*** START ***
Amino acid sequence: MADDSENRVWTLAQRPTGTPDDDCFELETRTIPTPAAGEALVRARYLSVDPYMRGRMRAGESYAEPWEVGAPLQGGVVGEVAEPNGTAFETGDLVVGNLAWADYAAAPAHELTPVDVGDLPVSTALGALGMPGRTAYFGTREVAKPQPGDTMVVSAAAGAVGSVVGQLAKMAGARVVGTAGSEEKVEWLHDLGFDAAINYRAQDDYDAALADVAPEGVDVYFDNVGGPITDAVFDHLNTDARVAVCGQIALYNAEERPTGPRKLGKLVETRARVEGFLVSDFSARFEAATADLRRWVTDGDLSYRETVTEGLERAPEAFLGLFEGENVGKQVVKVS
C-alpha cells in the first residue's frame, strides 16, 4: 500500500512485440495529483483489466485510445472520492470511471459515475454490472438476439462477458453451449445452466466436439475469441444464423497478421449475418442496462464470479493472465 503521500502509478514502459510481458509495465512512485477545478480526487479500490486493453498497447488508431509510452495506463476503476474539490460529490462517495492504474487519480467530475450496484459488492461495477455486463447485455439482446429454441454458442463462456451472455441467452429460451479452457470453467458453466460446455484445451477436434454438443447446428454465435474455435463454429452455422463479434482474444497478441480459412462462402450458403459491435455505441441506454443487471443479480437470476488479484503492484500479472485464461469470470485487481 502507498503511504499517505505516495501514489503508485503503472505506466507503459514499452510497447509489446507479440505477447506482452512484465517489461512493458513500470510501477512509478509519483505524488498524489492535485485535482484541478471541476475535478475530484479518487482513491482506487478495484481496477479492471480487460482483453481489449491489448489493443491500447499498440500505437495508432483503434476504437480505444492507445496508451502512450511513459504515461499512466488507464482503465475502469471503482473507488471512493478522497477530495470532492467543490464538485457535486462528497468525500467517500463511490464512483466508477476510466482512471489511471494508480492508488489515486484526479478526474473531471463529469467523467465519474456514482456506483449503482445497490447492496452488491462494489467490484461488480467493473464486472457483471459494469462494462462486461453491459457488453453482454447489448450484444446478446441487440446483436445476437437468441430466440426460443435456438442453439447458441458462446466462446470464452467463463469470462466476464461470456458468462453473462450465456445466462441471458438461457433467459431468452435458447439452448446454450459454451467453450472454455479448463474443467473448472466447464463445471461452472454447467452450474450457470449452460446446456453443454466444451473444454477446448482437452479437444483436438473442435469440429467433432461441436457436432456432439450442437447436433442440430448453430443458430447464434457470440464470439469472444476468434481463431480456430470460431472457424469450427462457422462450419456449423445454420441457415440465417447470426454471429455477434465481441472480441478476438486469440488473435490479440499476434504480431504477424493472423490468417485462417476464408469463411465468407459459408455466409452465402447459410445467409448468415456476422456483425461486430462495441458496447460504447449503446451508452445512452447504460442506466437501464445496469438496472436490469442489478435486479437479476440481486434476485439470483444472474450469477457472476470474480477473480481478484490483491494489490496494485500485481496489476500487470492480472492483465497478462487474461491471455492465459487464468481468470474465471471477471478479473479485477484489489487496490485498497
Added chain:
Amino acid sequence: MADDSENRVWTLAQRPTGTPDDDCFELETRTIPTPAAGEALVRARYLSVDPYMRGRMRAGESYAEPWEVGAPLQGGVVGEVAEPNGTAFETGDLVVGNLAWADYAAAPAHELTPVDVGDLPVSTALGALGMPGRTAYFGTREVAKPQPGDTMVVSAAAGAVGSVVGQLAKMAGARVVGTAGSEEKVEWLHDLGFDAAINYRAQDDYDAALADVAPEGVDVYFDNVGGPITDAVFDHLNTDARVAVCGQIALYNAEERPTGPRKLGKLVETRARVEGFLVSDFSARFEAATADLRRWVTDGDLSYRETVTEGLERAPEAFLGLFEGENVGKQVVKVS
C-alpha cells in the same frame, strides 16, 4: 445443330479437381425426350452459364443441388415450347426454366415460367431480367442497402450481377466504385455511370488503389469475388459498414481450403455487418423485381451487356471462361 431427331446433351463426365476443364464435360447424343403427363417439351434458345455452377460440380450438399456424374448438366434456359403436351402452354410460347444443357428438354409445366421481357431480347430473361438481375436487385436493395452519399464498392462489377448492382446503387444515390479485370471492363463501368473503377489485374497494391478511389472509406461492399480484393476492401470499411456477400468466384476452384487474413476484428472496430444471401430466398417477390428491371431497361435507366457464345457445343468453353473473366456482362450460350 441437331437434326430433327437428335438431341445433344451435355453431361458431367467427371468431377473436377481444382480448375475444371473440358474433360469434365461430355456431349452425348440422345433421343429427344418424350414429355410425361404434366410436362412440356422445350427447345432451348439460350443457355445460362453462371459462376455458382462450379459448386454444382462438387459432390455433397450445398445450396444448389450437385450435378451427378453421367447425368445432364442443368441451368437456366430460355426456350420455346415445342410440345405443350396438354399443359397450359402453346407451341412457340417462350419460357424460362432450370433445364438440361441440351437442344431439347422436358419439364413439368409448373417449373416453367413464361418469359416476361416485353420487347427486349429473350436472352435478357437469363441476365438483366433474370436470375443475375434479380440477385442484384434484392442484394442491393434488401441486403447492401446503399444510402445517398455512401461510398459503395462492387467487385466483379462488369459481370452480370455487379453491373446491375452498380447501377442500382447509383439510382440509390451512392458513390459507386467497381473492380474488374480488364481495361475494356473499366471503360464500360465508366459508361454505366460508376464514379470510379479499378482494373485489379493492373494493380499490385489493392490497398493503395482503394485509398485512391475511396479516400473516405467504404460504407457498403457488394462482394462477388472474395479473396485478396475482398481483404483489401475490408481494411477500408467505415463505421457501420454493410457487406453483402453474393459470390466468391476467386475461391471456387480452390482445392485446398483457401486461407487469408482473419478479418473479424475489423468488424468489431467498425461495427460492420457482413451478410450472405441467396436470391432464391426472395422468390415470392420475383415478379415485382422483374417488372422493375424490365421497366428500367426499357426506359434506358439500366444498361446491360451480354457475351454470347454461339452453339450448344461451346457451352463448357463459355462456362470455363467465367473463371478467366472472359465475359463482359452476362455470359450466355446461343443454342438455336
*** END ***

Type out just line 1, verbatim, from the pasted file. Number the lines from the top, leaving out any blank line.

Amino acid sequence: MADDSENRVWTLAQRPTGTPDDDCFELETRTIPTPAAGEALVRARYLSVDPYMRGRMRAGESYAEPWEVGAPLQGGVVGEVAEPNGTAFETGDLVVGNLAWADYAAAPAHELTPVDVGDLPVSTALGALGMPGRTAYFGTREVAKPQPGDTMVVSAAAGAVGSVVGQLAKMAGARVVGTAGSEEKVEWLHDLGFDAAINYRAQDDYDAALADVAPEGVDVYFDNVGGPITDAVFDHLNTDARVAVCGQIALYNAEERPTGPRKLGKLVETRARVEGFLVSDFSARFEAATADLRRWVTDGDLSYRETVTEGLERAPEAFLGLFEGENVGKQVVKVS